Thursday, 27 November 2014

Tarte Bourdaloue - Frangipane Tart & Raspberry Infused Poached Pears

Having discovered that almond's are fabulous, I'm on a roll with exploring a world I've so along avoided and this week its frangipane! At that, a frangipane tart topped off with some beautifully tasty pears poached in raspberries. This tart is a flavour explosion of the utmost best! I promise!

So I got a Skype message whilst at work from Richard saying this tart was delish; at 10am. I know, terrible behaviour, sweets for breakfast! To top it off I turned up home after work finding that Richard had ploughed into a rather hefty two slices of this and had another after dinner! He even stated it was my best bake yet and the poor sod gets to eat a lot of cake, hard life for him right?! So if that's not a testament to just how delicious this tart is, then I just don't know what it. I think the charm of it really is the unusual flavour combinations, things you wouldn't be likely to throw together but they just work a total treat, you won't be disappointed with this one trust me, and it's super easy to knock up. Perfect!

So if you're not aware of the Simple and In Season round up it's a great way to learn about seasonal produce and to get inspiration from other brilliant bakers - so this months theres lot's of great ingredients on the menu hosted over at this month with the full roundup posted in the coming few days at!

Frangipane Tart & Raspberry Infused Poached Pears
Sweet Pastry
90g caster sugar
125g unsalted butter
250g plain flour
2 eggs
2 egg yolks
Based on a 9-inch tart tin

  1. 125g unsalted butter, softened
  2. 125g caster sugar
  3. 150g ground almonds
  4. 2 eggs, room temperature
  5. 1 tbsp plain flour
Raspberry Infused Poached Pears
3 pears - I used what I had and that was 3 split in half
 120g raspberries 
700g water
350g sugar
You can make these a day ahead to make them easier and firmer to work with later. the amount of raspberries isn't strict, I just used a punnet and the flavour came through excellently
I'd start with the poached pears and whilst they simmer you can whack up the pastry, chill it and then make the frangipane whilst that chills and the pears poach and you can either bake everything together or go for the blindbaking option which I've gone for in this bake, but it's not essential - go with what you're comfortable with and have time for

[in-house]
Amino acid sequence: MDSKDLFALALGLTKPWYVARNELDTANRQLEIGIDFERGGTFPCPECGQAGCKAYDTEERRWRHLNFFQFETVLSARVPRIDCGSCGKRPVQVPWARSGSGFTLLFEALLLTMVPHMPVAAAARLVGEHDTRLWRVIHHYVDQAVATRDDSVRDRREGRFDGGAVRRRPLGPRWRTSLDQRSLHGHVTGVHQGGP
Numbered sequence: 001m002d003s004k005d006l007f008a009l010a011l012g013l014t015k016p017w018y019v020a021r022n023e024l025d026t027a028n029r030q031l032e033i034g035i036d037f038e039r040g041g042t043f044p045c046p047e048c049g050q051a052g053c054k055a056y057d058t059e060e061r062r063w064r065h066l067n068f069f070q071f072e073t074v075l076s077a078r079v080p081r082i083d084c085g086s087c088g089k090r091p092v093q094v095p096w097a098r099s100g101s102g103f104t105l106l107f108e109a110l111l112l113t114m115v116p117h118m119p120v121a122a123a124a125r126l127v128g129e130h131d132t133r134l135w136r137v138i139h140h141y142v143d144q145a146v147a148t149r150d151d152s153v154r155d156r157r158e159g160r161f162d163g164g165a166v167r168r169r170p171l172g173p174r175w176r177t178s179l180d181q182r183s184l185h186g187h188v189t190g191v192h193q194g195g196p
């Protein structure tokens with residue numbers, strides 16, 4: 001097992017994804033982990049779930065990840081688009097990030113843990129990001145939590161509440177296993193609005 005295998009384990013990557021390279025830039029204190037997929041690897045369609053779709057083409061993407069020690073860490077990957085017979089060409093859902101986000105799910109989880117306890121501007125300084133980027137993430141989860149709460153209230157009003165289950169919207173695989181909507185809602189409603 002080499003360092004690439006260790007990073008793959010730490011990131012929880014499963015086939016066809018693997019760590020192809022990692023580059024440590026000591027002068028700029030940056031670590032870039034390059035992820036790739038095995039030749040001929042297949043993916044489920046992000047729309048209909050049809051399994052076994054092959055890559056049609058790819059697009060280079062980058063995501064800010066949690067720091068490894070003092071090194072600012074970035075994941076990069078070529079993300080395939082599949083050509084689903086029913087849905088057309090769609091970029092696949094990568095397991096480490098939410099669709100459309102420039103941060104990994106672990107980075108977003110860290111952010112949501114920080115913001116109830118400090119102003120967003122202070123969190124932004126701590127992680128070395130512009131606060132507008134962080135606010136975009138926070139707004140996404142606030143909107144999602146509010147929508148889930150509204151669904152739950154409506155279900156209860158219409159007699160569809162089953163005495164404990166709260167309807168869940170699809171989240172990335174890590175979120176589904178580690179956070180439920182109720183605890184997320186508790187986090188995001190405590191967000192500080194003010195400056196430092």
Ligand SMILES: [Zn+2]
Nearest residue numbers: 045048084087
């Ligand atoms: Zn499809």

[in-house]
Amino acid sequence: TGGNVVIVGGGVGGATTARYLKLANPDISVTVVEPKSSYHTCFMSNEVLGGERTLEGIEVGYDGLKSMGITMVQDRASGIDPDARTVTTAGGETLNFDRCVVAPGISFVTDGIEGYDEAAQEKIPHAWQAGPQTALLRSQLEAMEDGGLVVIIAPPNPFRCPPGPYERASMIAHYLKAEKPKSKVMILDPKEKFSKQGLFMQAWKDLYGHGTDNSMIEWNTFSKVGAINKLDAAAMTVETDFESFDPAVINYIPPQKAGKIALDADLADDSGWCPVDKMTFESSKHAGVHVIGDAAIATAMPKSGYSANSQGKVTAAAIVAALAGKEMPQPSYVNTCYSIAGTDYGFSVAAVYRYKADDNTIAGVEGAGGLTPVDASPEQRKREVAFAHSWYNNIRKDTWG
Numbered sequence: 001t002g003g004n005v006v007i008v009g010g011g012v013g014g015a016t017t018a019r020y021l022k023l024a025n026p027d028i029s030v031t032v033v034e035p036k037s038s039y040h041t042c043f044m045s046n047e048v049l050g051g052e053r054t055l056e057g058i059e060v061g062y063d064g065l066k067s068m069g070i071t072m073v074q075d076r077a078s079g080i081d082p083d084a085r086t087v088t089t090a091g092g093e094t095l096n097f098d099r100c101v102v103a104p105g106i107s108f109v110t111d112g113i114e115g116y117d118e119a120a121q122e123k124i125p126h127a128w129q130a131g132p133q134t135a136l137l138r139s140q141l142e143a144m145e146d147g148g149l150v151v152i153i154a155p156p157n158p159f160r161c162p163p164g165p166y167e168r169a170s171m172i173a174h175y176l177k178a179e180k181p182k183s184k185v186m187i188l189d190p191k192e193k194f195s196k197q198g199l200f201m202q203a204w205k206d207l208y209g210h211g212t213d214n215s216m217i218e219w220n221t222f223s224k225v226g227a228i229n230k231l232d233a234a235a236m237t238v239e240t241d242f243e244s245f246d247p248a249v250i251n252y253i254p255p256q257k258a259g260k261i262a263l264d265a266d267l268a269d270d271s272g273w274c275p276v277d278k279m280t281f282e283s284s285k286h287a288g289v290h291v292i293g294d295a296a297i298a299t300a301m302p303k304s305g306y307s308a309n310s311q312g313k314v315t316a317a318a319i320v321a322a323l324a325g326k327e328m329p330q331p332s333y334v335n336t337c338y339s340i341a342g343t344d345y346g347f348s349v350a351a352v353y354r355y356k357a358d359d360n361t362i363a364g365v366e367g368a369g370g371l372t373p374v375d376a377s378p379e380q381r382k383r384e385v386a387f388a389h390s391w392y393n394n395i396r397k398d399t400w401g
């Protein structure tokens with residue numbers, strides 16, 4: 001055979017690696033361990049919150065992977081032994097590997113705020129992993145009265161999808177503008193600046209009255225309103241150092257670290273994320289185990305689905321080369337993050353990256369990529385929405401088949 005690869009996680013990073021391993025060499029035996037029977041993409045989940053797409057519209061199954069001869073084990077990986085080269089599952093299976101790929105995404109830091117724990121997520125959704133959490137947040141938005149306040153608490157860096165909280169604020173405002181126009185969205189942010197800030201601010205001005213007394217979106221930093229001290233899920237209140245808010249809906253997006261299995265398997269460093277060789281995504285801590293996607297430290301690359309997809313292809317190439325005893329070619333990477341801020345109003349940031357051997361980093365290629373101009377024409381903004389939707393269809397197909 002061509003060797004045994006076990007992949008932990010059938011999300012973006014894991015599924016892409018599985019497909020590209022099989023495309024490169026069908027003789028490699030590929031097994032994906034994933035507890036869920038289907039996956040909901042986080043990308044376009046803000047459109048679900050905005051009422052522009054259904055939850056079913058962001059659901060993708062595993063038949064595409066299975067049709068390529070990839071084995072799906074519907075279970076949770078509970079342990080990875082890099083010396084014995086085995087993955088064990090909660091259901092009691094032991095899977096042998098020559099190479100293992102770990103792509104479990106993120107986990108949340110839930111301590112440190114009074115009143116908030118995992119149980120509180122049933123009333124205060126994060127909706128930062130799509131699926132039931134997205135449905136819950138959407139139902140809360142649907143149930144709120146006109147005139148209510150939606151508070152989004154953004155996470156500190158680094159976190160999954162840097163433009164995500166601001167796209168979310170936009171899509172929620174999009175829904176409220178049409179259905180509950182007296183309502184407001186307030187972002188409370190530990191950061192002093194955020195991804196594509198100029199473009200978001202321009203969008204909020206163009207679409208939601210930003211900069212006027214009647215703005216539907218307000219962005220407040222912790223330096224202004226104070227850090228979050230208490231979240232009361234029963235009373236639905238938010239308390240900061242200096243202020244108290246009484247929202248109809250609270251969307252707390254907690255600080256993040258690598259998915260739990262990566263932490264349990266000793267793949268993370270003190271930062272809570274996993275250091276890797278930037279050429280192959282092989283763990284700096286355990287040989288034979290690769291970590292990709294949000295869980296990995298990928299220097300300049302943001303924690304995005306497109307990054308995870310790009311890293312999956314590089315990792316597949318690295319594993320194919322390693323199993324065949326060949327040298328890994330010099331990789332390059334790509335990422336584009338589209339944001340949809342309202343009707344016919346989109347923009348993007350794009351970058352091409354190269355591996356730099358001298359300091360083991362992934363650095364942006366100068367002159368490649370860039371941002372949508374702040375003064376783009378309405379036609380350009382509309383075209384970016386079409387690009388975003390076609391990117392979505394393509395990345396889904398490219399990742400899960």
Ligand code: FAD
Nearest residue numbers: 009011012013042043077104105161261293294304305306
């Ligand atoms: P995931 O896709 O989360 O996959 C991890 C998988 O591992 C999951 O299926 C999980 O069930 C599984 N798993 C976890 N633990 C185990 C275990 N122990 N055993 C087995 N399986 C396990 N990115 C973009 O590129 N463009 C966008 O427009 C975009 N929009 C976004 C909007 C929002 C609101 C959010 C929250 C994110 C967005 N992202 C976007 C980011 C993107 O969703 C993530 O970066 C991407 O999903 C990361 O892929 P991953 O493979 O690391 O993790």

Raspberry Infused Poached Pears
1. Prepare the pears by peeling them and cutting them into half, try not to use pears that are too ripe or they'll fall apart and go mushy - one of mine did!
2. Bring the water and sugar to the boil so the sugar dissolves and then add in the raspberries and allow to simmer for about 5 minutes to get the flavours out
3. Add in the pear and simmer for roughly 20 minutes - you don't want them going too soft so adjust your poaching times to how ripe your pears are, the firmer the longer you'll need to poach
4. Remove from the heat and allow everything to cool down - leave the pears in as they'll take on the pink colour from the raspberries and infuse the flavours more
5. Once they've cooled down and when you're ready place them into the pie just drain them and dabbed them down with some kitchen roll and leave to dry for a couple minutes so they're easier to handle. You can cut small in slices into them or leave them whole (if you want, purely aesthetic).

Sweet Pastry
6. Cream the butter and sugar together in a mixer, until light and combined - about 3 minutes or so - or go for the rubbing-in hand-on's technique, whichever suits you
7. Add the egg and yolks to the mix and work it into the butter and sugar
8. Add the flour into the mix gently working the mix into a ball but being mindful to not overwork the pastry otherwise it won't be short but elastic
9. Flour a surface and work the dough into a ball. I flattened mine out a little so it would chill a bit faster and make it easier for putting into the tart tin at this point. So once it's either in a ball or flattened out a little, wrap it in clingfilm and pop it in the fridge to firm up a little